Friday Flashback #3

This was not a working lighthouse.

But for decades it served as a welcoming beacon for everyone entering Longshore — first the private beach club, then (after 1960), the town-owned park.

I don’t think anyone was allowed inside. But I clearly remember where it stood: Just inside the entrance across from the tennis courts, near where the pavilion and snack bar are today.

If you’ve got any memories of the Longshore lighthouse — or never knew it, but want to react to the photo — click “Comments” below.

(Photo courtesy of Peter Barlow)

(Photo courtesy of Peter Barlow)


13 responses to “Friday Flashback #3

  1. Longshore looks so different. The ‘Lighthouse” was a beautiful structure.

  2. A true Westport icon!! Remained there along with the open air cabana and former concession building just past it as you walked toward the salt water pool.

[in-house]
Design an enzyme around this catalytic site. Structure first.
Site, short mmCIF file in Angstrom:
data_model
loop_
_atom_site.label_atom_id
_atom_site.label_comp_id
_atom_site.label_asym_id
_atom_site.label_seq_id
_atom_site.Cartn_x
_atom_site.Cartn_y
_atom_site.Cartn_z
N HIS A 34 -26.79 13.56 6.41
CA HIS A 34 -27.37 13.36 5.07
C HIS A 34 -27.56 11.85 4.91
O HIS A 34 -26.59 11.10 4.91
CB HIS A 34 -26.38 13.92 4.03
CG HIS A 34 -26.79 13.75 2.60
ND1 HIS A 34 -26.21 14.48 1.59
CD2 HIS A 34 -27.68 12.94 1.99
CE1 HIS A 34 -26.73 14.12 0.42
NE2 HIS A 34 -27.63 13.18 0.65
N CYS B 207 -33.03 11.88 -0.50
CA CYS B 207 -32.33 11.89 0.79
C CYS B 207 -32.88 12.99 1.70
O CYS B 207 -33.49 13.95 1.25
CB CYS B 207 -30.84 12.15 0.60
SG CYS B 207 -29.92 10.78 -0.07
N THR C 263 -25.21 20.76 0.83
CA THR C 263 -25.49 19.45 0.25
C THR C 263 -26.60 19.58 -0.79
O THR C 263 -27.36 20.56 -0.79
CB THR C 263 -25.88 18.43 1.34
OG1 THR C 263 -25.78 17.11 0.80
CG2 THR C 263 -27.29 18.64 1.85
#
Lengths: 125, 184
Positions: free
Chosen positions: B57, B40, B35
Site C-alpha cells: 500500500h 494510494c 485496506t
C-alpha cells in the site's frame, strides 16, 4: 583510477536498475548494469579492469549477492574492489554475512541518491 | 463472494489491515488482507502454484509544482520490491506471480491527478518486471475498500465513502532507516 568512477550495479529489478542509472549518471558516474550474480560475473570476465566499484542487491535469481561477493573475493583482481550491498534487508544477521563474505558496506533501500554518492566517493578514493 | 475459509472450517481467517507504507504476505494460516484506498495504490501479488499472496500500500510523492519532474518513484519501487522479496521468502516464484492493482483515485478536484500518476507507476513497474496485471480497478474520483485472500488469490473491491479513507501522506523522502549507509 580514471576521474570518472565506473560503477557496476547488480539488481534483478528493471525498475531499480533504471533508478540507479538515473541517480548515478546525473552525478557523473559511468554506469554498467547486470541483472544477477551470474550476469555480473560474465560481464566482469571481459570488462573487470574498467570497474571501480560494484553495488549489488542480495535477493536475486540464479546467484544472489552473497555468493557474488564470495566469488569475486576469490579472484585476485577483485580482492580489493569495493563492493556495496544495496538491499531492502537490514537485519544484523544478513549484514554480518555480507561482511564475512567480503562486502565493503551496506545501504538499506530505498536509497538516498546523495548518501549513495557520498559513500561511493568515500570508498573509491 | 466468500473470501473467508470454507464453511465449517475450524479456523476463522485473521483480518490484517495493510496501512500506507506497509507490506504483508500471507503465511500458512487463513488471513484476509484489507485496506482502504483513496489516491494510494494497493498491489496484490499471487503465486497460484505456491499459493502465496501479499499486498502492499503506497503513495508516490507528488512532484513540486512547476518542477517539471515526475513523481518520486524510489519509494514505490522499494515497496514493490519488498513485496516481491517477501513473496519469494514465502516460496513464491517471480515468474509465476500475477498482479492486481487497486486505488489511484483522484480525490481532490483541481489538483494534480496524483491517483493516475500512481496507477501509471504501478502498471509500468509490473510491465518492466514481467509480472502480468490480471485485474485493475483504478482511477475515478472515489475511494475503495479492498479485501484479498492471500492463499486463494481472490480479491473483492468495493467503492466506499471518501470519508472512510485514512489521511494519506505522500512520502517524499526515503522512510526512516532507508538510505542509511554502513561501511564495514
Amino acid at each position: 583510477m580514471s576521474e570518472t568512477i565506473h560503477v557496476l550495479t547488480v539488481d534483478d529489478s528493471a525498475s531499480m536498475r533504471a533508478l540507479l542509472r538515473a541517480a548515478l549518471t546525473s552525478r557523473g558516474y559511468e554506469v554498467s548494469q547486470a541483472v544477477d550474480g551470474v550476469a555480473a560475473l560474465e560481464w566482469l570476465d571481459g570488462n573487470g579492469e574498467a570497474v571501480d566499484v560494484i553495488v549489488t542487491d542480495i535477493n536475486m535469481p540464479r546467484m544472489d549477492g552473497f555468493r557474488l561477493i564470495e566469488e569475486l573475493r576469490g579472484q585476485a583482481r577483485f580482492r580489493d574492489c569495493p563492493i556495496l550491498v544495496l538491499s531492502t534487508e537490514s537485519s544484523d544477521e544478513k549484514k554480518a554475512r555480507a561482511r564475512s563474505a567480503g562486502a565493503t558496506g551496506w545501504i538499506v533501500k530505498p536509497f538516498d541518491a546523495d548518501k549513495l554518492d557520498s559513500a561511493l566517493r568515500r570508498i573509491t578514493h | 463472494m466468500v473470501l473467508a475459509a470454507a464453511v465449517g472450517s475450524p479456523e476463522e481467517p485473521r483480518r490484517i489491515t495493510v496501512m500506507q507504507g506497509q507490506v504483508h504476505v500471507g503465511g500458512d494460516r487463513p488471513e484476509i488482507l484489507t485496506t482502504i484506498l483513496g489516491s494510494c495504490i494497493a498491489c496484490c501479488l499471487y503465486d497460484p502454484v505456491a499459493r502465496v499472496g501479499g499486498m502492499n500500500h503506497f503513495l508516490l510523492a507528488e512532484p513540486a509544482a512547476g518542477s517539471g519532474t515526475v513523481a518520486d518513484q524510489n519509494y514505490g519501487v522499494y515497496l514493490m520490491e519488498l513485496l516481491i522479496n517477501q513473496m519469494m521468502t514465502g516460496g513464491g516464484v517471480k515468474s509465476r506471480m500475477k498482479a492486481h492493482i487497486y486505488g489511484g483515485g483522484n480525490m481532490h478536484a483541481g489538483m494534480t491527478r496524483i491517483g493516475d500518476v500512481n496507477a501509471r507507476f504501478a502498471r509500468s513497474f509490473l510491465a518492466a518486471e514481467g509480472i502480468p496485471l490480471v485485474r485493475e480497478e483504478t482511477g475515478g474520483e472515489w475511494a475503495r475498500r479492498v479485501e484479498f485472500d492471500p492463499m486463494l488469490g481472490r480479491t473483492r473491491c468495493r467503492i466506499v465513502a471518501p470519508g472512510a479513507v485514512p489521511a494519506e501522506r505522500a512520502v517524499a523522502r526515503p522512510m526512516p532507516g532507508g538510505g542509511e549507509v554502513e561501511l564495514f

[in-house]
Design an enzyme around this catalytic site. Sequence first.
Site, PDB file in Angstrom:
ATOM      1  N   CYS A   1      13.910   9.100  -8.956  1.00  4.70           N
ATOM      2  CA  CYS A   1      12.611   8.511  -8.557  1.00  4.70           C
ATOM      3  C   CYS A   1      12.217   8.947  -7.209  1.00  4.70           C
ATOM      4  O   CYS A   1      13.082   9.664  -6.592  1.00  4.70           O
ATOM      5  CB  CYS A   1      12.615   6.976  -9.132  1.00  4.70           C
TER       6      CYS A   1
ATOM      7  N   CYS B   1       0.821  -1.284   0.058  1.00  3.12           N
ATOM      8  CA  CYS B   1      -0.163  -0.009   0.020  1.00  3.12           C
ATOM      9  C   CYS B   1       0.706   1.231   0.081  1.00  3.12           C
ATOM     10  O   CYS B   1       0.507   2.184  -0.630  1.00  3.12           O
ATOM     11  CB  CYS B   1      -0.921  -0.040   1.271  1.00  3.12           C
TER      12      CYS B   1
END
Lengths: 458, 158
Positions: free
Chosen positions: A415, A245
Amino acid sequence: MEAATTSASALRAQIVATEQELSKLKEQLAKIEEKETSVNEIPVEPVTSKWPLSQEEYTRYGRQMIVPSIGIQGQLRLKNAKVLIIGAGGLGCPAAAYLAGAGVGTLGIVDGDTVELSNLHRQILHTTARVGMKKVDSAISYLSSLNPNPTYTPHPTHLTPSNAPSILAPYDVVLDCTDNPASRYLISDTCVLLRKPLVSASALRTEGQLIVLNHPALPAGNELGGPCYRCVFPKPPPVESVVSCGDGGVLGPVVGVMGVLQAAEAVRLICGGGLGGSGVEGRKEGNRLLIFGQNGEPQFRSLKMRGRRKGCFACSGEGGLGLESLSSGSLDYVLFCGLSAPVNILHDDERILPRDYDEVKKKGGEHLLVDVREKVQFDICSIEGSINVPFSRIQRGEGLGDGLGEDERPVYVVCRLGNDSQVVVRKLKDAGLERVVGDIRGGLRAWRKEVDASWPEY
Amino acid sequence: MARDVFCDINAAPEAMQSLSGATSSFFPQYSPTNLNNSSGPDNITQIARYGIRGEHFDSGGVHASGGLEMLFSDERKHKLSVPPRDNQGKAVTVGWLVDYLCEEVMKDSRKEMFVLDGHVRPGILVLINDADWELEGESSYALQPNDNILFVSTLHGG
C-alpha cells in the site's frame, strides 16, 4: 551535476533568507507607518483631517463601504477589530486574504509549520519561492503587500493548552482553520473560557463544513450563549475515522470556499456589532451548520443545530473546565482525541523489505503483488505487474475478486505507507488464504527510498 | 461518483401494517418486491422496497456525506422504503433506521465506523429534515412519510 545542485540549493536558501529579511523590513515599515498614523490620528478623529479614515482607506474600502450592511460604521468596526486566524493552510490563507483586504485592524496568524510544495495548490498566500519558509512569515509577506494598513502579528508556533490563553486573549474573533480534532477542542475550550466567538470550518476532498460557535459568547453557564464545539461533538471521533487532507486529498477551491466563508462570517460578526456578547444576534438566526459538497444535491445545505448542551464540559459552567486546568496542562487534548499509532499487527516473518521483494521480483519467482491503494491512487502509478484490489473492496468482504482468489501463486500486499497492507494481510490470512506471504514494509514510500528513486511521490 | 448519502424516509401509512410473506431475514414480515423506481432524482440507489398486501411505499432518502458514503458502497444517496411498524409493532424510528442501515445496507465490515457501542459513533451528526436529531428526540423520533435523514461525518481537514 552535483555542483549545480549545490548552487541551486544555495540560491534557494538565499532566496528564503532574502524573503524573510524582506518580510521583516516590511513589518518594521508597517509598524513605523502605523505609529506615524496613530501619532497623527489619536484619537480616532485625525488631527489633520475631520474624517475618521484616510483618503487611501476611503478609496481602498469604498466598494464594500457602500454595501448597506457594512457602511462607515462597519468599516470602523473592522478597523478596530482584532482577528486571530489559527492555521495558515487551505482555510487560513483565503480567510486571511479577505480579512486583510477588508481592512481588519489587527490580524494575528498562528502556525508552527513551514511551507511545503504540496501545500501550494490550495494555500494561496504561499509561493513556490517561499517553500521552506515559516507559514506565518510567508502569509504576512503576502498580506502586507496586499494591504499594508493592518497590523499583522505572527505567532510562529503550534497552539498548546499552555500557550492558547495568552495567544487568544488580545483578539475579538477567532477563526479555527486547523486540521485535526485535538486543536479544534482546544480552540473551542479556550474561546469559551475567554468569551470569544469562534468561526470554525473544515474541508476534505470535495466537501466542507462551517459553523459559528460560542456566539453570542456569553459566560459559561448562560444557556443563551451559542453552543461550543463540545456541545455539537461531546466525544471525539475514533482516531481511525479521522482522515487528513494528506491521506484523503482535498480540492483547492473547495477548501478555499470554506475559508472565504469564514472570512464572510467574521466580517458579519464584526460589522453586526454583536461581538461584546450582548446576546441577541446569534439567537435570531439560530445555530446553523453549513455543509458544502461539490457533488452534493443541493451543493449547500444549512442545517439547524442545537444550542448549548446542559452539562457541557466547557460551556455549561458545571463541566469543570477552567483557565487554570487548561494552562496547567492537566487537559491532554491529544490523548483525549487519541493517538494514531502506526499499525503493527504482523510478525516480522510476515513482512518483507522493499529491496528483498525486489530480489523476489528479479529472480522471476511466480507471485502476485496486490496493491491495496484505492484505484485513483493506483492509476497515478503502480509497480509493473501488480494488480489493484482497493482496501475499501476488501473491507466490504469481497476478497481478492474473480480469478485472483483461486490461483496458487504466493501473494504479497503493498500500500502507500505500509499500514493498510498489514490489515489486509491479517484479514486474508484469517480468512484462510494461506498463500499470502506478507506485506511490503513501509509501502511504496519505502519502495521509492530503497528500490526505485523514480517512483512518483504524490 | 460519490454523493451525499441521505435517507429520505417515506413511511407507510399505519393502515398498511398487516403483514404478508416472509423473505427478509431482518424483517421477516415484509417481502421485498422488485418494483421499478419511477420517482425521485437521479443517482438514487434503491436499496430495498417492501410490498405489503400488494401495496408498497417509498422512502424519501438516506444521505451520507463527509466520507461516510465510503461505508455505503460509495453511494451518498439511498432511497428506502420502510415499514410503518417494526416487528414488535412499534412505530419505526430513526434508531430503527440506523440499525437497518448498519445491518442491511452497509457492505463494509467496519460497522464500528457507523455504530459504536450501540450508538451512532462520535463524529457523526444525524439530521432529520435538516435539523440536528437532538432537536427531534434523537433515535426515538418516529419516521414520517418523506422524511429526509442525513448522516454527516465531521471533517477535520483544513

The lighthouse was also a great place to hide behind during the Rec. Commission sponsored outside Monday night summer dances!!
    Brings back so many memories!!

  3. Mary ruggiero

    Great idea!

  4. Diane Silfen

    It was there in the 60’s when I was a lifeguard …just empty nothing in it. I wish it was still there

  5. Why did it go, and who took it down? and when? We all liked it so much. mmm

  6. A bit of Westport I had never known. Thx. We so need to rebuild that!!

  7. How cool, I wish it was still there.

  8. Nancy Powers Conklin

    I also remember it being there and was so impressed with it as a child. It was so unique to find that in Westport.

  9. Vanessa Bradford

    Very familiar…we used to keep our boat at the marina and would see it from on water. When I was little, one of our baby sitters told me a witch lived in the tower and I was scared to even walk by it!

  10. Remember it well! As well as the frozen snicker and Milky Way bars. We had a cabana there must have been 1968 or 1969. I was always strangely enamored by that lighthouse or whatever it was.

  11. Peter Barlow

    A popular local official ordered the demolition of the lighthouse in the late 60s or early 70s. He greatly regretted it later, so I won’t mention his name.